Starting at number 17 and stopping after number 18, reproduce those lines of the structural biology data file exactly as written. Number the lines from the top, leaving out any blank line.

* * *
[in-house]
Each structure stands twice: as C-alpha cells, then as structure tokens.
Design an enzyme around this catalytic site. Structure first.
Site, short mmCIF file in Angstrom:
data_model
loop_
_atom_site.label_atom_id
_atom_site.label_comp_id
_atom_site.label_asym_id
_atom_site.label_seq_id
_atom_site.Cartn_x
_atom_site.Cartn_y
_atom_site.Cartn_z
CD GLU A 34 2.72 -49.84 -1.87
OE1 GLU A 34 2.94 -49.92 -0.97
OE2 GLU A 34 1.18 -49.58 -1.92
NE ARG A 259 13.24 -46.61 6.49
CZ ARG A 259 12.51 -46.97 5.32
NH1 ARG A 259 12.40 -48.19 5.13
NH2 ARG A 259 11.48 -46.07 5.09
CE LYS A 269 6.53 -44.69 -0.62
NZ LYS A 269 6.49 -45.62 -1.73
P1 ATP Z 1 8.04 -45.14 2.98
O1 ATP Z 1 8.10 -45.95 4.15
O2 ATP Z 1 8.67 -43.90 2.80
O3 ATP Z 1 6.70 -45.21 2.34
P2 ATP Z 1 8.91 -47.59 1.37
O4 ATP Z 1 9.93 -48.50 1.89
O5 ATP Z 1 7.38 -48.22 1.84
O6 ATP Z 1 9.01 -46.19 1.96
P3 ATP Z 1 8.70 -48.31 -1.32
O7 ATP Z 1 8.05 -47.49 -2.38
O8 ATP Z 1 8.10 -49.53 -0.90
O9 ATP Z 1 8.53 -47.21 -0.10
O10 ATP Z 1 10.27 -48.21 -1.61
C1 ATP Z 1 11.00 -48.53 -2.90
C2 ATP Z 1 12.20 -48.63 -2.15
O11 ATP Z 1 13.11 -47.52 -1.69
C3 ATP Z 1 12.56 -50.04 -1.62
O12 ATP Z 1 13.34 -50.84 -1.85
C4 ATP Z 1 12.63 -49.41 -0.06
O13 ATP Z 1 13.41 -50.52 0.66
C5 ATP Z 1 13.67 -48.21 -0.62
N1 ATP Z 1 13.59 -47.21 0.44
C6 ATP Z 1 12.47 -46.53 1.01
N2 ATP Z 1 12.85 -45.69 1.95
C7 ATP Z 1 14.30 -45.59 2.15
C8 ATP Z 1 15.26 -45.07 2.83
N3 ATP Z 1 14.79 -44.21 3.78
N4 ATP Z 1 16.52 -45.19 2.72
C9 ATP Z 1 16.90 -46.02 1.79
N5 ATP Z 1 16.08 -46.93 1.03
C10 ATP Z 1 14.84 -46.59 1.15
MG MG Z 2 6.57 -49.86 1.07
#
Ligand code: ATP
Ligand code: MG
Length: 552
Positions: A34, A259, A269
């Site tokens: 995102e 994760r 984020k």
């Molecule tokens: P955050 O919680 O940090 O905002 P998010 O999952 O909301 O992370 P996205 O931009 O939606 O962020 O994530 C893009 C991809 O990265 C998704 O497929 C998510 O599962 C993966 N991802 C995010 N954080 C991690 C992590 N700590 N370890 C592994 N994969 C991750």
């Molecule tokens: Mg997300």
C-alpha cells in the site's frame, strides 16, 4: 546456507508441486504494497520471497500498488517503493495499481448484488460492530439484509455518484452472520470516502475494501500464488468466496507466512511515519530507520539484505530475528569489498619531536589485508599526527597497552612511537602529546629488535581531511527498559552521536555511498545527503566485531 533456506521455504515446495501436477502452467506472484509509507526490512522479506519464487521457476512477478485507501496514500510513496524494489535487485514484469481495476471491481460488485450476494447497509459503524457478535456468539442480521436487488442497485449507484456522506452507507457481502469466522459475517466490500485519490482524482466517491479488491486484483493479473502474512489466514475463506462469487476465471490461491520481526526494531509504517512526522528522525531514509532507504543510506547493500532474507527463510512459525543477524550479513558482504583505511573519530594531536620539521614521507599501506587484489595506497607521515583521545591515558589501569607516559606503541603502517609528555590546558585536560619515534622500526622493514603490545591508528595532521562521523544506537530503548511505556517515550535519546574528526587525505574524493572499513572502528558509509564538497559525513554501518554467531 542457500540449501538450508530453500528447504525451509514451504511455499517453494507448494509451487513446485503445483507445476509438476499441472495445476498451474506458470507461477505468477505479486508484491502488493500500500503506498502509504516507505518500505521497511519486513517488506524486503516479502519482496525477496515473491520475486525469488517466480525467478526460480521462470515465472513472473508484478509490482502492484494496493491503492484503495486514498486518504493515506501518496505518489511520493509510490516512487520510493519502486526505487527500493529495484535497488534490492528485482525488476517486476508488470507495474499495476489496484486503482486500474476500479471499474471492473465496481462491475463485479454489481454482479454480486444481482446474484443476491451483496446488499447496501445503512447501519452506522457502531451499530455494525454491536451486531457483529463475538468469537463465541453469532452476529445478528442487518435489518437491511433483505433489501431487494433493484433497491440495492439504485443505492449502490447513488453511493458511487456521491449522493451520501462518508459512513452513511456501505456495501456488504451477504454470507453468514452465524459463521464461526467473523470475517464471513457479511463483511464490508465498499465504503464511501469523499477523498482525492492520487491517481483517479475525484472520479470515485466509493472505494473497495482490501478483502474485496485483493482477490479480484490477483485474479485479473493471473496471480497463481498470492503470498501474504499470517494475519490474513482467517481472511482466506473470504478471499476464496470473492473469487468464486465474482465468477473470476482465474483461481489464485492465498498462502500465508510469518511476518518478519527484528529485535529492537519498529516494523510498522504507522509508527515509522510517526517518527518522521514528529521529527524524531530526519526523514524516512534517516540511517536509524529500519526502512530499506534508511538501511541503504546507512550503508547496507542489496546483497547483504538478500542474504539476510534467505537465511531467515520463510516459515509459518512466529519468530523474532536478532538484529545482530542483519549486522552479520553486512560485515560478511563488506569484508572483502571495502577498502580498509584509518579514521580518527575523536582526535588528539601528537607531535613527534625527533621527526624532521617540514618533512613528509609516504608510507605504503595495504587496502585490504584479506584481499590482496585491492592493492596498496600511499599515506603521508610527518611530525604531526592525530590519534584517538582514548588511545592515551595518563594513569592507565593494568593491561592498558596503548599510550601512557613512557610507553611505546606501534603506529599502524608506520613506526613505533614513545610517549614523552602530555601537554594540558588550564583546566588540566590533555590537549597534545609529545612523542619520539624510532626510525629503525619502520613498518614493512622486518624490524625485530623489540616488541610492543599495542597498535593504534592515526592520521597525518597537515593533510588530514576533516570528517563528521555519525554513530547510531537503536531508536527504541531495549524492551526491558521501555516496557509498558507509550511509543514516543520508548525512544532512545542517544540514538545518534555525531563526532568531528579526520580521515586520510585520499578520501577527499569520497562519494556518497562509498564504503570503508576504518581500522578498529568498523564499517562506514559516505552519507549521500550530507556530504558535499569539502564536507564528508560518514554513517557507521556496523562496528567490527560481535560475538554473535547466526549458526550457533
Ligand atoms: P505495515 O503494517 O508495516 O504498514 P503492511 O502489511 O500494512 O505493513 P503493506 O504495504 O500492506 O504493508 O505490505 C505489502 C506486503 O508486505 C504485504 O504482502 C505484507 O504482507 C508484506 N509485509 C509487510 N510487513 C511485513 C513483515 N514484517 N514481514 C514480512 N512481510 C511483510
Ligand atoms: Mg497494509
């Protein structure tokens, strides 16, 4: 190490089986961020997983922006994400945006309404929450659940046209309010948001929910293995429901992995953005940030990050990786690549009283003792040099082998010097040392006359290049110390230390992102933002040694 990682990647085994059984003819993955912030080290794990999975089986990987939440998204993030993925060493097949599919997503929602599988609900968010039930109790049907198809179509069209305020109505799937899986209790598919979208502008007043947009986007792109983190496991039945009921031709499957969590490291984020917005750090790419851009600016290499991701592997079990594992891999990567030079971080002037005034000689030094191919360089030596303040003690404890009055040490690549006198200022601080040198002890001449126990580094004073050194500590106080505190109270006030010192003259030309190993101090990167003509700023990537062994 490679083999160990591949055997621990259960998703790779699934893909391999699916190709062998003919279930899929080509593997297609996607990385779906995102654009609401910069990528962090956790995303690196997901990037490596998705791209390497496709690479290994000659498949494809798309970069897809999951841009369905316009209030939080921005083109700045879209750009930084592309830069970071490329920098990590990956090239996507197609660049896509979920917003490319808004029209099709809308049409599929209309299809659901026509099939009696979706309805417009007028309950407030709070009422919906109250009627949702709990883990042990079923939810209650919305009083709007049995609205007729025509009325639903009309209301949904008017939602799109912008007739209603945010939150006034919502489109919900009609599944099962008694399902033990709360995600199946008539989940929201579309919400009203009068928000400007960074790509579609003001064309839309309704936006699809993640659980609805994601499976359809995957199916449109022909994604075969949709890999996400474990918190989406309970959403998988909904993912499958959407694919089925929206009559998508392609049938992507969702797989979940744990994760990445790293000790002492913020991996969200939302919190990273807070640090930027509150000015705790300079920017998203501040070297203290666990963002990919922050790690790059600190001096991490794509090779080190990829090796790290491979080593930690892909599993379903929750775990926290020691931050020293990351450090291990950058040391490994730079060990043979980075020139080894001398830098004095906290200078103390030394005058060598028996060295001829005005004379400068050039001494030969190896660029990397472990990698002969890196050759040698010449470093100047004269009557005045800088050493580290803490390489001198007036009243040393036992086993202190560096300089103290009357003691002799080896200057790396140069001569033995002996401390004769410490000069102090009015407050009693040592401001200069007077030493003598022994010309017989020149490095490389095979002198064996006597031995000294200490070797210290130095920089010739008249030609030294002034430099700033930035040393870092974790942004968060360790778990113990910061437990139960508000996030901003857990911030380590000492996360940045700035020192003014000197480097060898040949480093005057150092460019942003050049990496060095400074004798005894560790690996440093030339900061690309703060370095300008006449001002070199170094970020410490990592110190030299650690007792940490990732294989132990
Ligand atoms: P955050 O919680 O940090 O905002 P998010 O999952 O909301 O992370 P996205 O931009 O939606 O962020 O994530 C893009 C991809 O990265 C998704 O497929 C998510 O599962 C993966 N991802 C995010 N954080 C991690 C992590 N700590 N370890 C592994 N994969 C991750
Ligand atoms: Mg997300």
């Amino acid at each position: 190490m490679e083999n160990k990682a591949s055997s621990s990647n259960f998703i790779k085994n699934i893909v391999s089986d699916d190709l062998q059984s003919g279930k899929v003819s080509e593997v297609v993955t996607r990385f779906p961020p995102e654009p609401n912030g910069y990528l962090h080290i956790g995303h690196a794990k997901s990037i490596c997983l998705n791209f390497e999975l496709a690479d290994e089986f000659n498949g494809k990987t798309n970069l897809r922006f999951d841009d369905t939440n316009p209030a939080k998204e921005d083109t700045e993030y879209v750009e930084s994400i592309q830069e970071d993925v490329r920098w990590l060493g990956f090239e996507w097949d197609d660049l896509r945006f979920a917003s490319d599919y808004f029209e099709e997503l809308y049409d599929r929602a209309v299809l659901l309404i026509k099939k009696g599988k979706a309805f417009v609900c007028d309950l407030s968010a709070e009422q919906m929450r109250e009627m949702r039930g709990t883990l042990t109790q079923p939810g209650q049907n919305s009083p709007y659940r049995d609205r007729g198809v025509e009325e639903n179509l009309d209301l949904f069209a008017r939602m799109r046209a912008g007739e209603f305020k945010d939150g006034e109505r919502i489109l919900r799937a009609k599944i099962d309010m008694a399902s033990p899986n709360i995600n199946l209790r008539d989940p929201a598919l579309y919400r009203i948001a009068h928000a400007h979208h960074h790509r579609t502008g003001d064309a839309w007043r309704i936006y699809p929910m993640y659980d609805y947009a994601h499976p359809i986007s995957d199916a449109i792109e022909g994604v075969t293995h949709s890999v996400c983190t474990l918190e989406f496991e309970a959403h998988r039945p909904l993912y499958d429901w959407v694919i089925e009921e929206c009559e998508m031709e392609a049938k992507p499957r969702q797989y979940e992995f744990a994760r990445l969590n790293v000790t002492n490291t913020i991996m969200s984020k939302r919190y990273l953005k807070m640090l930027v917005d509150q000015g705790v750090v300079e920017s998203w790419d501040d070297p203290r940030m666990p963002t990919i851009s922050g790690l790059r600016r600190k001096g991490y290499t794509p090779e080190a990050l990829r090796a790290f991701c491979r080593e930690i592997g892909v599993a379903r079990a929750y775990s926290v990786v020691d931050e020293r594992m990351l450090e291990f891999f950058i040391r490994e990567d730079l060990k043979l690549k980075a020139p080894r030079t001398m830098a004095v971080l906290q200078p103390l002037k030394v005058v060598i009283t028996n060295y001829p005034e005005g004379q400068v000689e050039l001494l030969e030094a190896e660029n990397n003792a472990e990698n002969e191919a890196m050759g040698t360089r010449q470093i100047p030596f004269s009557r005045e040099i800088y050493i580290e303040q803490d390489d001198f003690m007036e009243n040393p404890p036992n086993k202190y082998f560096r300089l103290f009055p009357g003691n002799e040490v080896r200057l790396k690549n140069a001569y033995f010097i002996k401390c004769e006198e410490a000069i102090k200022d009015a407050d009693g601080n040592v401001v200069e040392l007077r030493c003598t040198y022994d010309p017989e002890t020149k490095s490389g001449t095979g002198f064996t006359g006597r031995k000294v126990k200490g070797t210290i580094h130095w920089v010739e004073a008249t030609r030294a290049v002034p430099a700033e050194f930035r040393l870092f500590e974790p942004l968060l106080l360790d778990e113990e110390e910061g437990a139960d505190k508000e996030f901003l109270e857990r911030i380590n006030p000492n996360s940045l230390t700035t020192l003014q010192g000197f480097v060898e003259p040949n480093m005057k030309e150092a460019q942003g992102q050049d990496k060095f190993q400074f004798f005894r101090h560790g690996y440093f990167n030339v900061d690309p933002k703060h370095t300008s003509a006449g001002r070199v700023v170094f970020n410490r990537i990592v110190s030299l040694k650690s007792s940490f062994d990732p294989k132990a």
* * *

NE ARG A 259 13.24 -46.61 6.49
CZ ARG A 259 12.51 -46.97 5.32